February 19 – U.S. Marines landed on Iwo Jima. Fred T. Daylis was appointed the acting principal of Billings Senior High.

February 21 – A B-24 from the Spokane Air Base crashed 35 miles southwest of Philipsburg en route to Great Falls. The pilot and copilot died but one crew member parachuted to safety. Donald Ruhl threw himself on a grenade on Iwo Jima, saving 2 other men. He was posthumously awarded the Medal of Honor.

February 23 – U.S. Marine Louis Charlo helped raise the first American flag on top of Mt. Suribachi, Iwo Jima.

February 25 – A house fire killed a man in Great Falls.

Read more about February 1945 in Montana

January 1945 in Montana

March 1945 in Montana (coming soon)

Montana History Calendar 1942

Montana History Calendar 1941

Montana History Calendar 1930s

Montana's Home Front During World War II
Montana’s Home Front During World War II


First Aero Squadron artifact

Can you help identify this artifact of the First Aero Squadron?

Alert reader Mark Davis sent me photos of this piece after reading my article on the First Aero Squadron in Mexico and wanted to know if I had any idea what this artifact is. It’s cast iron, about 6 inches tall, 5 inches wide, weighs about 3 pounds, and is hollow in back.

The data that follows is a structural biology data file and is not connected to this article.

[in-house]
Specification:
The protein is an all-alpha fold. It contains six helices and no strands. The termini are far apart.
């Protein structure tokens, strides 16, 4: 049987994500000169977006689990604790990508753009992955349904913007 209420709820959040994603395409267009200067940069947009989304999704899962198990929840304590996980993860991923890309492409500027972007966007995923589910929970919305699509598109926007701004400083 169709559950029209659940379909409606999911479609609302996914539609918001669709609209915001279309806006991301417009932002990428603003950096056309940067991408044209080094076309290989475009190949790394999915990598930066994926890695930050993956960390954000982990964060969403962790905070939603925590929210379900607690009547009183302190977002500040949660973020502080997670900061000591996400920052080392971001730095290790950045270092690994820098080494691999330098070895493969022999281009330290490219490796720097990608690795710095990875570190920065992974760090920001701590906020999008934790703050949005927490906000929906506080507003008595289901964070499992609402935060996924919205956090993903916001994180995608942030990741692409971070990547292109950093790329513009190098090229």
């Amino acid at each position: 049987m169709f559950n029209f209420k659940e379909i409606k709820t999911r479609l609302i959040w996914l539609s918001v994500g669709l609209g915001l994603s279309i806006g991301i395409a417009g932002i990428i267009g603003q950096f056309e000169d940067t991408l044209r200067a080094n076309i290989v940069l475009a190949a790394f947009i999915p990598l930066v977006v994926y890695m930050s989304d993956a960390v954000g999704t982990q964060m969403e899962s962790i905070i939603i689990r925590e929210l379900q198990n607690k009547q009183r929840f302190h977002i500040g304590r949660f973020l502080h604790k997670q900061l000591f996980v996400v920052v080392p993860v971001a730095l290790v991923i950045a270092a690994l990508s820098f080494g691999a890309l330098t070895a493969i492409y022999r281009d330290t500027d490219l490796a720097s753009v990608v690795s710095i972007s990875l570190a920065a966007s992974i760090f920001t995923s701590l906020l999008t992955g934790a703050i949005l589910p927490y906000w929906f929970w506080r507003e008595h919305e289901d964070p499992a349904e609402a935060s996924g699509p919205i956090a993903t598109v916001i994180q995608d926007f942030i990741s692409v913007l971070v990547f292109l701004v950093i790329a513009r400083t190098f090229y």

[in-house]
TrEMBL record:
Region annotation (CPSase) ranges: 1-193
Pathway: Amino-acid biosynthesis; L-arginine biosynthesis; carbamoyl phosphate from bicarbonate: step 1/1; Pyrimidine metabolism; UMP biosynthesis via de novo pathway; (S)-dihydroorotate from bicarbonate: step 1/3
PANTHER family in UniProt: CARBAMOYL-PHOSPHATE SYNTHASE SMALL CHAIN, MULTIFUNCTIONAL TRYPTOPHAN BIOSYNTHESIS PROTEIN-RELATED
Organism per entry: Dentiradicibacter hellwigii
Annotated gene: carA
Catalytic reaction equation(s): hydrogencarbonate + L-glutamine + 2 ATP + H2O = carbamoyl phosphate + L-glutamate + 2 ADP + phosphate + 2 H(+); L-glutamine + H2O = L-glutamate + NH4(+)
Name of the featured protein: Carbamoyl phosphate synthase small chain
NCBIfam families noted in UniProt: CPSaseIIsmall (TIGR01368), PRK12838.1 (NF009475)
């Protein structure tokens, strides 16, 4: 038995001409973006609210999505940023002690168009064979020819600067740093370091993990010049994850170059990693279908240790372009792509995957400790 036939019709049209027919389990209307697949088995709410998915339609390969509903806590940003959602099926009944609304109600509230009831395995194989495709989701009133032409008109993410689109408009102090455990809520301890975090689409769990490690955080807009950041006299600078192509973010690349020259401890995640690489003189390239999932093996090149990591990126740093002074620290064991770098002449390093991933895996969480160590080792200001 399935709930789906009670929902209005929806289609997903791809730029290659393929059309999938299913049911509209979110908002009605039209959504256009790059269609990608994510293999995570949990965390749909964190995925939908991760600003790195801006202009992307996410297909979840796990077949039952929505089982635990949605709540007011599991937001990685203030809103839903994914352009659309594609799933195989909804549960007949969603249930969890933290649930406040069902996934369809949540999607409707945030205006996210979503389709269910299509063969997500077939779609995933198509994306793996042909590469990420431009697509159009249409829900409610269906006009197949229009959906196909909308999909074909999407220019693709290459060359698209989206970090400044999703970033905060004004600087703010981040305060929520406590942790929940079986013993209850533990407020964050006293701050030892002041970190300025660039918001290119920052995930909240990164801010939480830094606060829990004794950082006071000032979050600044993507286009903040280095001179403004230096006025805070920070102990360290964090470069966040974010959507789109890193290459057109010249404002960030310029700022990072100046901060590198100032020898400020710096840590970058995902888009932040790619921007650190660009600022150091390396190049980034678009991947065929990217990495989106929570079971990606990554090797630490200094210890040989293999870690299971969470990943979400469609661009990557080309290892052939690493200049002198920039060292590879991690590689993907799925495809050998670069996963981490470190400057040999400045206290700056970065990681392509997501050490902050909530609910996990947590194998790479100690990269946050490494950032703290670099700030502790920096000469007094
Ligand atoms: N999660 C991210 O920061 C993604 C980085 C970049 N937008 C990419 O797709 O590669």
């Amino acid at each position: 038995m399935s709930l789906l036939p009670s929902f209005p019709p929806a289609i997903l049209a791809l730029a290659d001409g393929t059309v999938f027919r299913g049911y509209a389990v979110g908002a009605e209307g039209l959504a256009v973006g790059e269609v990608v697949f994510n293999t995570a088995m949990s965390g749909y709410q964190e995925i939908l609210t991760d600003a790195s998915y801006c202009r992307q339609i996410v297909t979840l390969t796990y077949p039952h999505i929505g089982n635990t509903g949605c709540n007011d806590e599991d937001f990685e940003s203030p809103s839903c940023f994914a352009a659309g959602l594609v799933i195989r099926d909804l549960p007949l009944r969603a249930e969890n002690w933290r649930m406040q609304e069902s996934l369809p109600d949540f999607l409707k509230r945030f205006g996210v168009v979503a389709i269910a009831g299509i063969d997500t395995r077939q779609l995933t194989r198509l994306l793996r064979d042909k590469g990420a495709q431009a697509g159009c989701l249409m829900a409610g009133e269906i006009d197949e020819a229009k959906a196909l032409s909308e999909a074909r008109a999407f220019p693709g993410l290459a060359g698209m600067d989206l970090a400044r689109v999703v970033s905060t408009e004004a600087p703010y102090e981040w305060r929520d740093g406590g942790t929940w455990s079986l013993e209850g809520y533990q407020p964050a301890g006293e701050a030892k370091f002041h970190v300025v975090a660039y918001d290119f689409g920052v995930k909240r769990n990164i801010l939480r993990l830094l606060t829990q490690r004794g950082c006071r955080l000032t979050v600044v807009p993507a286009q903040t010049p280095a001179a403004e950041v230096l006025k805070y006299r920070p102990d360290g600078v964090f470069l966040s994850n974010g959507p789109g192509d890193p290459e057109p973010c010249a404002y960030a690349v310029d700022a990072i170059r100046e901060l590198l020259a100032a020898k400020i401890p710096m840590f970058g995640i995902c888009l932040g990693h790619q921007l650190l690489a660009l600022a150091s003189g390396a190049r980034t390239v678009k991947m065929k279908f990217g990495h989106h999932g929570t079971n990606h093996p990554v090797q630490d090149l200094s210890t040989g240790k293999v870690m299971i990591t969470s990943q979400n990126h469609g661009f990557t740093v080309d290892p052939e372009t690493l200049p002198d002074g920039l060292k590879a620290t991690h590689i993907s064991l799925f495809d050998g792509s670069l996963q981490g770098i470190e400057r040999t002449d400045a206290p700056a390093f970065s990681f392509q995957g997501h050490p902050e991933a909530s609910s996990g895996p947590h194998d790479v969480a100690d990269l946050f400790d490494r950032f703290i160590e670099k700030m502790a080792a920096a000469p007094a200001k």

Firstaero artifact front view

Here is what I do know.

– This particular prop and wing emblem was used by Army aviation from 1920 to 1947, so it was probably made after the Mexican Punitive Expedition and World War I.
– AMC most likely stands for Aviation Maintenance Company, although it could stand for Air Materials Command (which only existed in 1946-47).

First aero artifact side view

Was this used to support something heavy, or was it purely decorative.

If you have any ideas what this might be, please leave a comment and I will pass your thoughts  on to the owner of the piece.

First aero artifact back view

The First Aero Squadron was the US Army’s first aviation unit. It was initially composed of eight Curtiss JN-4 Jennies, and first saw action during the Mexican Punitive Expedition when 10,000 troops under Gen. Pershing  hunted for Pancho Villa’s bandits after the Raid on Columbus in March 1916.

Learn more about the First Aero Squadron and the Mexican Revolution here.
Read The First Aero Squadron Chases a Bandit